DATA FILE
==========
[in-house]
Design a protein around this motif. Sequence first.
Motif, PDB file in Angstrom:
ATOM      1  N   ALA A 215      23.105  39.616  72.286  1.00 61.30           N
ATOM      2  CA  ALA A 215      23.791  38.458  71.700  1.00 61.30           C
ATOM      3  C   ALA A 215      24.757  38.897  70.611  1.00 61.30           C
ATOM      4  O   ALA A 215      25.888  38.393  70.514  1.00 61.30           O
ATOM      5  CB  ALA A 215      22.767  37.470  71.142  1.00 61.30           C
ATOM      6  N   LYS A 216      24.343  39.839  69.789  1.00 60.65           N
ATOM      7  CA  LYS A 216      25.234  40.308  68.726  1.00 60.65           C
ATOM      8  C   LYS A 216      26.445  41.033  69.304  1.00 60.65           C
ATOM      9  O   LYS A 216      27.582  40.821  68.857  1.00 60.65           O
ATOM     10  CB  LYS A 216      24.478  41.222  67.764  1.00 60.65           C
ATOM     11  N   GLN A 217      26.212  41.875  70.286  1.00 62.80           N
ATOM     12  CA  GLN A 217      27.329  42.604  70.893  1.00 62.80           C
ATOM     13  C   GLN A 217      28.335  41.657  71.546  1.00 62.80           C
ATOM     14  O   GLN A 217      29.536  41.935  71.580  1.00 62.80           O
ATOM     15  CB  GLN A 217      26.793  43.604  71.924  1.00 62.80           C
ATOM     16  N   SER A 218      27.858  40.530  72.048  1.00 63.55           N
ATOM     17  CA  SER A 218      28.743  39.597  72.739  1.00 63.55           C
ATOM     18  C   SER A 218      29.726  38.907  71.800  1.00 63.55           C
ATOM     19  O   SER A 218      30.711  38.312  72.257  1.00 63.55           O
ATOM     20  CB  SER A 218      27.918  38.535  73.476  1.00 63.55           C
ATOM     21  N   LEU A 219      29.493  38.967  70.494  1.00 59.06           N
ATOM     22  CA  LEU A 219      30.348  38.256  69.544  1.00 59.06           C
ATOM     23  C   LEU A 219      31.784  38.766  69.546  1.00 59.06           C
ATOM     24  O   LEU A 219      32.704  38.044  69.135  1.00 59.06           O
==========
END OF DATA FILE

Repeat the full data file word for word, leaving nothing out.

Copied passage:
[in-house]
Design a protein around this motif. Sequence first.
Motif, PDB file in Angstrom:
ATOM      1  N   ALA A 215      23.105  39.616  72.286  1.00 61.30           N
ATOM      2  CA  ALA A 215      23.791  38.458  71.700  1.00 61.30           C
ATOM      3  C   ALA A 215      24.757  38.897  70.611  1.00 61.30           C
ATOM      4  O   ALA A 215      25.888  38.393  70.514  1.00 61.30           O
ATOM      5  CB  ALA A 215      22.767  37.470  71.142  1.00 61.30           C
ATOM      6  N   LYS A 216      24.343  39.839  69.789  1.00 60.65           N
ATOM      7  CA  LYS A 216      25.234  40.308  68.726  1.00 60.65           C
ATOM      8  C   LYS A 216      26.445  41.033  69.304  1.00 60.65           C
ATOM      9  O   LYS A 216      27.582  40.821  68.857  1.00 60.65           O
ATOM     10  CB  LYS A 216      24.478  41.222  67.764  1.00 60.65           C
ATOM     11  N   GLN A 217      26.212  41.875  70.286  1.00 62.80           N
ATOM     12  CA  GLN A 217      27.329  42.604  70.893  1.00 62.80           C
ATOM     13  C   GLN A 217      28.335  41.657  71.546  1.00 62.80           C
ATOM     14  O   GLN A 217      29.536  41.935  71.580  1.00 62.80           O
ATOM     15  CB  GLN A 217      26.793  43.604  71.924  1.00 62.80           C
ATOM     16  N   SER A 218      27.858  40.530  72.048  1.00 63.55           N
ATOM     17  CA  SER A 218      28.743  39.597  72.739  1.00 63.55           C
ATOM     18  C   SER A 218      29.726  38.907  71.800  1.00 63.55           C
ATOM     19  O   SER A 218      30.711  38.312  72.257  1.00 63.55           O
ATOM     20  CB  SER A 218      27.918  38.535  73.476  1.00 63.55           C
ATOM     21  N   LEU A 219      29.493  38.967  70.494  1.00 59.06           N
ATOM     22  CA  LEU A 219      30.348  38.256  69.544  1.00 59.06           C
ATOM     23  C   LEU A 219      31.784  38.766  69.546  1.00 59.06           C
ATOM     24  O   LEU A 219      32.704  38.044  69.135  1.00 59.06           O